Saturday, November 29, 2008

Passing the Smell Test

My mother was a clever parenter. As a young kid my mom would lure me outside to play, then quickly go back in the house and lock the doors. I really couldn't ask for more though. I grew up on a full acre of land with fruit trees, swing sets, trampolines, and a tennis court. Every once in a while though I'd get thirsty and knock on the door, "Mom, I'm thirsty!" "The hose is right over there" as she pointed and smiled. Sandwiches and lemonade would be delivered via the doggy door at lunchtime and the doors would open again just in time for dinner. Now that I'm an adult with kids of my own I see her wisdom and brilliance. She gave me the opportunity to explore and have fun while giving her time to get things done in the house without the constant fighting, bickering, and destruction that typically came with me around my sisters.

As I grew older her ingenuity and tenacity evolved. I am convinced that it is completely impossible to pull a fast one on my mother. She claims her "holy ghost tells her stuff." I say no. It's a constant, unrelenting, fierce process of checking homework, reading notes, rifling through drawers, calling parents to check up on me, tailing me to school, and hiring the NSA to keep a satellite bead on me at all times. I always thought the unmarked black van parked outside all my extracuriculars was odd. Personal privacy was a foreign concept. As long as I lived under that roof, my stuff was her stuff and my life was hers.

I distanced myself as a teenager and mom had to reinvent her sleuthiness. Her personal space invasions became more discreet and never confrontational. And she invented "The Smell Test." The nose cannot be fooled. My silver tongue could lead her down many paths of ridiculousness, but a quick whiff would confirm or deny anything I said...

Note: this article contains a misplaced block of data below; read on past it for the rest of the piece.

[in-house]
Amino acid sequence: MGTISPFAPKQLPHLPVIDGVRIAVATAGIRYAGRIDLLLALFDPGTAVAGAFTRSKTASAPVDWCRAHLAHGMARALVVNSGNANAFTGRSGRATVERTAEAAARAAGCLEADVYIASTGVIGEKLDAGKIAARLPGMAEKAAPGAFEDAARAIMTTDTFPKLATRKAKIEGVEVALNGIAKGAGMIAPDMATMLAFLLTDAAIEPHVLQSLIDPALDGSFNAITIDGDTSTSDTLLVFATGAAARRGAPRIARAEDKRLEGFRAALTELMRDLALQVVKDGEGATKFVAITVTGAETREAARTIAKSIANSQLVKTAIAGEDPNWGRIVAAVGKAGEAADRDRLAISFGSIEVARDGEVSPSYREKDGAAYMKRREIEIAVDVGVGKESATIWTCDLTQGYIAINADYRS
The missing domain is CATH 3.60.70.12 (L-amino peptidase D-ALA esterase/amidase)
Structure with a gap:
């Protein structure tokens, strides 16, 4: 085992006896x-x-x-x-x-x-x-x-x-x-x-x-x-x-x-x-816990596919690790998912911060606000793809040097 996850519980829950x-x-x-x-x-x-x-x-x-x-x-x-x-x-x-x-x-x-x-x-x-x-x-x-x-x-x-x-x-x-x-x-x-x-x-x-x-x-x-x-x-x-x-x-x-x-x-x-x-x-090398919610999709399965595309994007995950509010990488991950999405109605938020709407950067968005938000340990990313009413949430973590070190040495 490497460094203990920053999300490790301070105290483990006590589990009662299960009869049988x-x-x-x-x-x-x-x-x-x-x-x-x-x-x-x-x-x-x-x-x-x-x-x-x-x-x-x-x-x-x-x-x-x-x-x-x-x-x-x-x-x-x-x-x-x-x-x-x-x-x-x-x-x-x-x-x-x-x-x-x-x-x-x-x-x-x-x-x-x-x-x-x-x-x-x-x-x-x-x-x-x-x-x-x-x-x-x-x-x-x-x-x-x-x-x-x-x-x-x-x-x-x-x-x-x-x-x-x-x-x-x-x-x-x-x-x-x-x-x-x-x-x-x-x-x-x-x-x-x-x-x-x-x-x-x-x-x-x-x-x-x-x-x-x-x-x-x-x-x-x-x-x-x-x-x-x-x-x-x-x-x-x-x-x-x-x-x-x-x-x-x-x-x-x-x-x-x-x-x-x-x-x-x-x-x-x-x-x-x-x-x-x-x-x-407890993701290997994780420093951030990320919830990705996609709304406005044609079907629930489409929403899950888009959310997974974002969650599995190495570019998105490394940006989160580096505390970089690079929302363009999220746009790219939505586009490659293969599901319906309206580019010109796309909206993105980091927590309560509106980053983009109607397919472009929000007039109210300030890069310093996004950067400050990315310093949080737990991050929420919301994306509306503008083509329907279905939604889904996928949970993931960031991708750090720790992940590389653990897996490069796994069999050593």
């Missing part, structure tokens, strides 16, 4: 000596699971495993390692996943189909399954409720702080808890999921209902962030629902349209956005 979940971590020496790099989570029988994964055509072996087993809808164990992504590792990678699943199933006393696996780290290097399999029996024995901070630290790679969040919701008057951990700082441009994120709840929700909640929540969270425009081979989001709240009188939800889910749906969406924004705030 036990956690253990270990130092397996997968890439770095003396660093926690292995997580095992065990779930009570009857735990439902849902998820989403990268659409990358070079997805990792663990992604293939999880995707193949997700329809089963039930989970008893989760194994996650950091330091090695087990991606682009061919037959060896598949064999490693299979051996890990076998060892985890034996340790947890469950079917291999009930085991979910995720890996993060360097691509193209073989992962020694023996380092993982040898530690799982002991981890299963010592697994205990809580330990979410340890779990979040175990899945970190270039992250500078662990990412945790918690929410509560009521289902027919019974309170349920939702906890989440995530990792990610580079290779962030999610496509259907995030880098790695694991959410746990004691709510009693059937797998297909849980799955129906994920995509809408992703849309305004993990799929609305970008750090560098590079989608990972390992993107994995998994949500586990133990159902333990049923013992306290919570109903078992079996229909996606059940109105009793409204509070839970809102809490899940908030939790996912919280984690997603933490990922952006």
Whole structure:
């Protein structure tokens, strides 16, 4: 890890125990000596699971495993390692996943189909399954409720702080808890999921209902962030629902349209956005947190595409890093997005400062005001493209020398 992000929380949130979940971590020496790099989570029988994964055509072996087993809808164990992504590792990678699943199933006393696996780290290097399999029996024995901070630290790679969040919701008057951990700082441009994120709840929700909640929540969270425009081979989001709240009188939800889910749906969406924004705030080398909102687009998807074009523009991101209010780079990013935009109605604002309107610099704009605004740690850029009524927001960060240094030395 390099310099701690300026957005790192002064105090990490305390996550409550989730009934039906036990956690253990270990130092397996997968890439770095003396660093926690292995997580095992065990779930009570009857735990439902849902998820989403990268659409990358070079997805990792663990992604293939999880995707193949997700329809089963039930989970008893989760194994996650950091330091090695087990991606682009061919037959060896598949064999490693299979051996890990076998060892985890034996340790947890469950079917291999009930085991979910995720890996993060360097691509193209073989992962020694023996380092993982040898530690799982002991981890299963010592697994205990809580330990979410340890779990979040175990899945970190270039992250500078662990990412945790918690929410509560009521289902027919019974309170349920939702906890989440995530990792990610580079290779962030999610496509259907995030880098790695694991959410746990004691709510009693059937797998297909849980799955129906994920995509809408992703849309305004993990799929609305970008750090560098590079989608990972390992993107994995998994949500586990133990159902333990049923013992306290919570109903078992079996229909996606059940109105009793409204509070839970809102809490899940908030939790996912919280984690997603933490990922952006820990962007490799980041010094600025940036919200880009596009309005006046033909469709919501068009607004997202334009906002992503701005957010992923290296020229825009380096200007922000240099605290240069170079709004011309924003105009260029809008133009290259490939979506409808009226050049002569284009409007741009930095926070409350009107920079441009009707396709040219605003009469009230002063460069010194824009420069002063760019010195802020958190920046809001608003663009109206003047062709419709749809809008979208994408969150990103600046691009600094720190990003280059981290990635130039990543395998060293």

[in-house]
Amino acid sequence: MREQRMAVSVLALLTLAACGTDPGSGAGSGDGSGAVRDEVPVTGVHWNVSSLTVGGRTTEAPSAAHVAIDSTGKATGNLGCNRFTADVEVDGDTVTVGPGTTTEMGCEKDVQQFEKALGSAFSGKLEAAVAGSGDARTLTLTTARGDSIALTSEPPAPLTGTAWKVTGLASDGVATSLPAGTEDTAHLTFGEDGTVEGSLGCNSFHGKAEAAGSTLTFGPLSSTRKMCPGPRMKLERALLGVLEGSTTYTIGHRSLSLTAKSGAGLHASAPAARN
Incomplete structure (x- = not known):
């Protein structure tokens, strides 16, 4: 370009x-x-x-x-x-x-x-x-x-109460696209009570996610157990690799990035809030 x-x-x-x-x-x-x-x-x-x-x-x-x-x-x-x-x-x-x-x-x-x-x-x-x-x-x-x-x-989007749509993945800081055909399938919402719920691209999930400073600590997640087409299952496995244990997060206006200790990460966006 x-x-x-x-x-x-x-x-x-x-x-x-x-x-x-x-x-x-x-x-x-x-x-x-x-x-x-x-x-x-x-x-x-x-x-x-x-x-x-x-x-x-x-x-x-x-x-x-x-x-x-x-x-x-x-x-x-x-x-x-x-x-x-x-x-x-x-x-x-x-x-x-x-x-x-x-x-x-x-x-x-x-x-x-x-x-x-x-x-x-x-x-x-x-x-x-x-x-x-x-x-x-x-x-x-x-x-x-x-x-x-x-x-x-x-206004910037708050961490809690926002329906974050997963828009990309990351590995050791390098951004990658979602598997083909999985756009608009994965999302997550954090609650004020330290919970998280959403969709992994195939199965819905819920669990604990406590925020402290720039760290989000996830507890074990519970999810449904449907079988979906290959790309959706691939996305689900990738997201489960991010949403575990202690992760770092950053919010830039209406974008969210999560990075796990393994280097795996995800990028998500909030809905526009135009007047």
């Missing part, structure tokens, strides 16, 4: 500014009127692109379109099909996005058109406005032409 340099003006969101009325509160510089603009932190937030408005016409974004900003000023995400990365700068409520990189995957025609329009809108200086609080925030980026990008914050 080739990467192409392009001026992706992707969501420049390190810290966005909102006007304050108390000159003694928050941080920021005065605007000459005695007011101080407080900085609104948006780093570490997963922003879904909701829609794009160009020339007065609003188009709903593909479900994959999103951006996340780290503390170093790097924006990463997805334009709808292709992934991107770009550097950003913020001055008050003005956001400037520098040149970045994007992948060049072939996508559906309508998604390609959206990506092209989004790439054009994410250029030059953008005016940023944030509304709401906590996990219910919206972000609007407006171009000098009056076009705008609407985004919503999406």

"So where did you go tonight Ty?"
"Oh, this dude named Travis had a party."
"Was it a good party?"
"Of course mom, we played bridge and pin the tail on the donkey and danced to the soundtrack to 'Seven Brides for Seven Brothers.' Then we sat around and discussed what college courses could best help us accomplish our goals in life and best prepare us for our missions." *gnarly sarcasm*
"Uh huh. Any drugs?"
"No way mom."
"Booze?"
"Oh please."
"Cigarettes?"
"Gross mom, no way."
"Good boy, come give your mother a hug."

Unbeknownst to me, until a later time, this was no ordinary hug. As we embraced she was smelling my clothes for cigarette odor, my neck for lipstick or girl-scent, and breath for liquor. She'd also look intensely at my eyes for unusual redness or high-gloss. How freaking brilliant is that? Sometimes I passed, sometimes I didn't. Sometimes she'd call me on it and sometimes she'd let it go. I appreciate my mother's love and her zeal for my well-being. She let me grow up on my own terms and in my own time. And mom, I promise I'm really close to the whole "growing up" thing.

Last night I got to put The Smell Test into practice for the very first time as a parent.

My youngest boy, Eric, is trouble. He's creative, inventive, destructive, and FUN. And lately he's had some dread fascination with his own urine. He'll whiz on just about anything. Walls, rugs, floors, carpet, etc. Sherri has found urine-soaked paper towels just hanging out on the floor. There is no apparent rhyme or reason to the wayward whizzing. Eric just doesn't want to conform to "The Man's" standards and pee in the toilet when there are so many other creative and fun places to place the stream.